Elham R. S. Soliman ◽  
Heba El-Sayed

Abstract Background The discovery of potential, new cost-effective drug resources in the form of bioactive compounds from mushrooms is one way to control the resistant pathogens. In the present research, the fruiting bodies of five wild mushrooms were collected from Egypt and identified using internal transcribed spacer region (ITS) of the rRNA encoding gene and their phylogenetic relationships, antimicrobial activities, and biochemical and phenolic compounds were evaluated. Results The sequences revealed identity to Bjerkandera adusta, Cyclocybe cylindracea, Agrocybe aegerita, Chlorophyllum molybdites, and Lentinus squarrosulus in which Cyclocybe cylindracea and Agrocybe aegerita were closely related, while Chlorophyllum molybdites was far distant. Cyclocybe cylindracea and Agrocybe aegerita showed 100% similarity based on the sequenced ITS-rDNA fragment and dissimilar antimicrobial activities and chemical composition were detected. Bjerkandera adusta and Cyclocybe cylindracea showed strong antimicrobial activity against Escherichia coli, Pseudomonas aeruginosa, Staphylococcus aureus, Micrococcus luteus, Streptococcus pneumoniae, and Candida albicans. This activity could be attributed to the detected phenolic and related compounds’ contents. Conclusion Our finding provides a quick and robust implement for mushroom identification that would facilitate mushroom domestication and characterization for human benefit.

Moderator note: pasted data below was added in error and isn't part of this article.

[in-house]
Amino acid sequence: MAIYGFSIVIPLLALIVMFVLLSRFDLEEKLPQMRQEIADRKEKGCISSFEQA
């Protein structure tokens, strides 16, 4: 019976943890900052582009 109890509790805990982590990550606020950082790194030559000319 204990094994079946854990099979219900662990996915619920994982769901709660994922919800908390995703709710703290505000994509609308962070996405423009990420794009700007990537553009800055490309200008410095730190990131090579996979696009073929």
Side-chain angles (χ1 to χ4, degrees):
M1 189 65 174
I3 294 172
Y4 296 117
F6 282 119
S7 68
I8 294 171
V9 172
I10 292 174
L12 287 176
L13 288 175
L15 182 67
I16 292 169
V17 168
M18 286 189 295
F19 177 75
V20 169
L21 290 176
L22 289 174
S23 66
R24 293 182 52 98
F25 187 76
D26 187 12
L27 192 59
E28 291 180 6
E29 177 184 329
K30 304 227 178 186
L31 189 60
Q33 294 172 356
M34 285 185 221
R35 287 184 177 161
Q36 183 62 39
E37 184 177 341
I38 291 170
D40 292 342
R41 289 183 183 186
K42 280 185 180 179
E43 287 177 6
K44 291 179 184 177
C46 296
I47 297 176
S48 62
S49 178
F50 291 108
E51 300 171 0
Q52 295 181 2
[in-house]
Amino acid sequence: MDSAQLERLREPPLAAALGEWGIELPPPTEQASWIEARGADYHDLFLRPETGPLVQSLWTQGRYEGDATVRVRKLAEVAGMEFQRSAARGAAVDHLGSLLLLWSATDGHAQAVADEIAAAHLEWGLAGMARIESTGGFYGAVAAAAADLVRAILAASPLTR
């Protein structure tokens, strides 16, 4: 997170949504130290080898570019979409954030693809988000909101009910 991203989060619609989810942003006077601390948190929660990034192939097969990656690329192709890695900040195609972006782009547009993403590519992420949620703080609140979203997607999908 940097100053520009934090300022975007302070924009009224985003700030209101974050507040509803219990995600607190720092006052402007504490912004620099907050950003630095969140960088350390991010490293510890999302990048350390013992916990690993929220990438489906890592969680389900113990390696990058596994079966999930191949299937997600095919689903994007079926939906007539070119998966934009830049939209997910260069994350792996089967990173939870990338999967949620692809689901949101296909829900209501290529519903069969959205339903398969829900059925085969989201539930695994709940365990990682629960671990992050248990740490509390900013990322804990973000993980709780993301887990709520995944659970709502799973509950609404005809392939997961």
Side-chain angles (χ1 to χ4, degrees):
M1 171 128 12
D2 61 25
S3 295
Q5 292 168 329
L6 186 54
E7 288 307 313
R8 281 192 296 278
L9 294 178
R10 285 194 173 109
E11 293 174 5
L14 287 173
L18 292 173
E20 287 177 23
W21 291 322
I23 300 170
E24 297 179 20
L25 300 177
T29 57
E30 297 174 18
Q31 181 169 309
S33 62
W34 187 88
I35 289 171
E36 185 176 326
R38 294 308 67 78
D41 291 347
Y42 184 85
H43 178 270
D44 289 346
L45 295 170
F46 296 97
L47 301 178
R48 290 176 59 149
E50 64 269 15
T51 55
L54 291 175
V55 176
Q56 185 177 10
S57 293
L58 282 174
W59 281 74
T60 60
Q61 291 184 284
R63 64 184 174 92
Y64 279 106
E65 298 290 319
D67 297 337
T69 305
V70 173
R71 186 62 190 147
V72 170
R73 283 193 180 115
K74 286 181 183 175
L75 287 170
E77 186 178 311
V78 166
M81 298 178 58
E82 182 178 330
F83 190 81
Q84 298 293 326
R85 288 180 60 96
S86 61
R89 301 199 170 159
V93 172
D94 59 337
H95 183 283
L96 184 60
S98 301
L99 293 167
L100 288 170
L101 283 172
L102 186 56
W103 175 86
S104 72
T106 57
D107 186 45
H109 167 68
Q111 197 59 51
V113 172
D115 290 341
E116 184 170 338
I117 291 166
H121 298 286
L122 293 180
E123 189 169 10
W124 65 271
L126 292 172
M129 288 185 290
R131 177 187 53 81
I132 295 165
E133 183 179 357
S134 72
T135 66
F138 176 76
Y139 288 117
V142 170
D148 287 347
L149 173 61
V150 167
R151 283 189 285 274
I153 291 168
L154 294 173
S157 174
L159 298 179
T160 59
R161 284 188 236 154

Rajinder Singh

For many years, the foraging and consumption of wild mushrooms has been practised in different parts of the world. Despite having various health benefits, few mushroom species are known for causing toxicity as well. In forensic casework conditions, samples from mushroom poisoning cases can be found in dried or powdered form. So, it becomes necessary to characterize mushroom species for identification purposes. In the present study, volatile fractions of five wild toxic and edible Amanita mushroom species (Amanita muscaria, Amanita pantherina, Amanita caesarea, Amanita subglobosa and Amanita porphyria) were analyzed so as to identify compounds for the characterization of selected mushroom species. The obtained volatile fractions were broadly classified into various chemical classes: alcohols, aldehydes, acids, esters, nitrogen-containing compounds, ketones and miscellaneous. The following compounds; octadecanoic acid, 9-octadecenoic acid (z)-, ethane, 1-chloro-1-fluoro- were the most abundant. The present approach utilizing GC-MS, intends to obtain a fingerprint of each sample for discrimination purposes. Also, this work is the first study on the forensic analysis of methanol-soluble components of Amanita mushroom species from the North-Western Himalaya, India.

Dagmara Strumińska-Parulska ◽  
Jerzy Falandysz ◽  
Aleksandra Moniakowska